U.S. Department of Energy researchers have won 36 of the 100 awards given out this year by R+D Magazine for the most outstanding technology developments with promising commercial potential. The coveted awards are presented annually in recognition of exceptional new products, processes, materials or software developed throughout the world and introduced into the market the previous year.
When semiconductor nanorods are exposed to light, they blink in a seemingly random pattern. By clustering nanorods together, physicists at the University of Pennsylvania have shown that their combined "on" time is increased dramatically providing new insight into this mysterious blinking behavior.
Anticipating forthcoming experiments, a NIST Center for Nanoscale Science and Technology (CNST) team has shown that few layer graphene stacks have favorable transport properties that could enable engineering of novel electronic devices.
Organisms that stick to the lower structures of ships increase fuel consumption and costs of maintenance substantially. Currently, the organisms are killed with toxic biocides, but these chemicals need to be removed to protect our environment. Researchers are trying to develop environmentally friendly anti-biofouling technologies, such as nano-structured surfaces that make organisms fall off when the ships move.
Researchers have developed a blue organic light emitting diode (OLED) with an efficiency that is double that of the maximum theoretical efficiency limit.This paves the way for longer-lasting, more efficient and vivid OLED displays for the consumer market.
Water and ice may not be among the first things that come to mind when you think about single-walled carbon nanotubes, but a Japan-based research team hoping to get a clearer understanding of the phase behavior of confined water in the cylindrical pores of carbon nanotubes zeroed in on confined water's properties and made some surprising discoveries.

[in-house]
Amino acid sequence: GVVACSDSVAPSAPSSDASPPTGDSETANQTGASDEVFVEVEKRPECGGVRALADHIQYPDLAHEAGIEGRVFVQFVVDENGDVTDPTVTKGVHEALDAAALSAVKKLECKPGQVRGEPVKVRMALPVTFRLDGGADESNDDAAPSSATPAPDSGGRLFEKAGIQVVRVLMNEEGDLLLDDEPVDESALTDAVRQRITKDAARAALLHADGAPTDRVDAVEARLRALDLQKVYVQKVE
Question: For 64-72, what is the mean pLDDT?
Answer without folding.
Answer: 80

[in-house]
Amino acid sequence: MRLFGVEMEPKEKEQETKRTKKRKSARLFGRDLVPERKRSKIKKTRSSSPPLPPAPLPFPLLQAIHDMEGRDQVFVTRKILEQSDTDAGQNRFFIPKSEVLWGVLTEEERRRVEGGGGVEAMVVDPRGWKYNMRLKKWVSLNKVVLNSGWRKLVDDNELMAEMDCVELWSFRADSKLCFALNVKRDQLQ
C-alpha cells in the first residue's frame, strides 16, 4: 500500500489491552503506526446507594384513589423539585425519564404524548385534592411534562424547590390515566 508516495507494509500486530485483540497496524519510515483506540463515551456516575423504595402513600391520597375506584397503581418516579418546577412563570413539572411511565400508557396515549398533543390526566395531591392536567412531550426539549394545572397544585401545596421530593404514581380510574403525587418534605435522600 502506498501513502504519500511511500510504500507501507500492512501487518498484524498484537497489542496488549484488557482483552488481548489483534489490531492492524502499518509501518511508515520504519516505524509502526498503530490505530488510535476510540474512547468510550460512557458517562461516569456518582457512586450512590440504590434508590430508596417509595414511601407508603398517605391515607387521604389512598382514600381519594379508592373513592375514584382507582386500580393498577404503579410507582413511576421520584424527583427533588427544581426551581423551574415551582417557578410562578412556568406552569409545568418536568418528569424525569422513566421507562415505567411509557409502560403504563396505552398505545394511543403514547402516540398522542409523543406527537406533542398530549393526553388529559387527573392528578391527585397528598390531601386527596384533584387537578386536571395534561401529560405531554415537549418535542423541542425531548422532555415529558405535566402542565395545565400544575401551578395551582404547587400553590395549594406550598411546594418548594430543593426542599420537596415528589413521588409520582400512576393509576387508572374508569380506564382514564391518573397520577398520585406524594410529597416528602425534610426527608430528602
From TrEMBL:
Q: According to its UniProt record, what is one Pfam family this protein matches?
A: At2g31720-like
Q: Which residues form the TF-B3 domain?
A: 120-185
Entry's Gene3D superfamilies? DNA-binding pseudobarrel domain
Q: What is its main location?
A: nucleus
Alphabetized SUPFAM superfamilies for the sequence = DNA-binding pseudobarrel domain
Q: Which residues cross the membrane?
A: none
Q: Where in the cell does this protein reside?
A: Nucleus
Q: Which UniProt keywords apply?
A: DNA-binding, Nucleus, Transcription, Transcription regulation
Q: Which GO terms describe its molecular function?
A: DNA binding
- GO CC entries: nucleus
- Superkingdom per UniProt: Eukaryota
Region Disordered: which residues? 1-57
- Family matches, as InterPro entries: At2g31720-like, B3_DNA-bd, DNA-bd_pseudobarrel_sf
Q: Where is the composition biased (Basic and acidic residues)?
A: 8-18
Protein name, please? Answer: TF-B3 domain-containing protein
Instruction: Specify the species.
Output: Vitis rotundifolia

InnovaGeek freely offers the opportunity to publish "teasers of technologies and innovations" available worldwide on its website and mobile application. The goal is to increase the technology visibility for free to help innovators to find partners, new customers or new markets or selling patents.
A research team led by Brown University reports some promising results for earlier diagnosis of hepatocellular carcinoma, the most common cancer to strike the liver. More than 500,000 people worldwide, concentrated in sub-Saharan Africa and Southeast Asia, are diagnosed with it yearly. Most of those afflicted die within six months.
University of Minnesota engineering researchers in the College of Science and Engineering have recently discovered a new alloy material that converts heat directly into electricity. This revolutionary energy conversion method is in the early stages of development, but it could have wide-sweeping impact on creating environmentally friendly electricity from waste heat sources.
For nine days this month, 30 graduate students have been learning how to make nano-sized devices. In six three-hour lab sessions, students learned how to operate equipment and perform the processes crucial to fabricating nano-scale devices.
Dutch and Swiss researchers have developed a biomimetic nanopore that offers a sophisticated test and measurement platform for the way proteins enter the nucleus of a cell. This study provides evidence of how a biomimetic nuclear pore can be created to monitor how single proteins move across the pore.
Hessel Castricum from the University of Amsterdam has developed a versatile membrane that is capable of separating gas and liquid mixtures in an energy-efficient manner. The new membrane can probably be employed under industrial conditions on a large scale in the future. This has not been possible until now, because virtually all membranes developed so far are insufficiently stable.
Scientists have developed a programmable sub-microscopic molecular machine made of synthetic DNA that moves between track locations separated by 6nm. The robot, a short strand of DNA, follows instructions programmed into a set of fuel molecules determining its destination.
Scientists have developed a way to transform ordinary sand - a mainstay filter material used to purify drinking water throughout the world - into a "super sand" with five times the filtering capacity of regular sand.